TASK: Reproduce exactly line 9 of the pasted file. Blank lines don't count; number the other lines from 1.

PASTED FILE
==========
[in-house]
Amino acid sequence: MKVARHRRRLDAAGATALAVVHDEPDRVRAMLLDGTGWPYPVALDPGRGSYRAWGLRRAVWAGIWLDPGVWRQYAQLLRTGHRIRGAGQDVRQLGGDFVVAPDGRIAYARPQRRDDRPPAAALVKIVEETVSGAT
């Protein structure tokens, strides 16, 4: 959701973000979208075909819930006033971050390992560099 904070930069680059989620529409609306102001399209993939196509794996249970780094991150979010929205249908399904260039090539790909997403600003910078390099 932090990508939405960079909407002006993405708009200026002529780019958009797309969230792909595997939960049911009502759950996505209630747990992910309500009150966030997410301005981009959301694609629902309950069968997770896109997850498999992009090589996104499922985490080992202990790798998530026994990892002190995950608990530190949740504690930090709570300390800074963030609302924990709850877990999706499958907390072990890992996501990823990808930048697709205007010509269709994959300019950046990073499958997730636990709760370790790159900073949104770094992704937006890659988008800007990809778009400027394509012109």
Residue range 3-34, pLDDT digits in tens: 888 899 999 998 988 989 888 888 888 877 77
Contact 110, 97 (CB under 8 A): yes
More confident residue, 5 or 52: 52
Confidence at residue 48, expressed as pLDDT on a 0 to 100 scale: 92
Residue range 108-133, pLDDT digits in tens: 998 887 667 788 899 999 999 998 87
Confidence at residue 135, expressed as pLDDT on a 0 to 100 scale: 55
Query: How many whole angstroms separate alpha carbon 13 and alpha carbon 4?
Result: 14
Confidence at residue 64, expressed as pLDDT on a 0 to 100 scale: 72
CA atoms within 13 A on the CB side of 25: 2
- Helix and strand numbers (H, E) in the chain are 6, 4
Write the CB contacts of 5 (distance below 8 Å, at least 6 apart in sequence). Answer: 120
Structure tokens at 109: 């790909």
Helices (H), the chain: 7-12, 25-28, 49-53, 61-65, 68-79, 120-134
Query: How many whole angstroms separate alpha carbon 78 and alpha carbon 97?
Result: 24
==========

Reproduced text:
Confidence at residue 135, expressed as pLDDT on a 0 to 100 scale: 55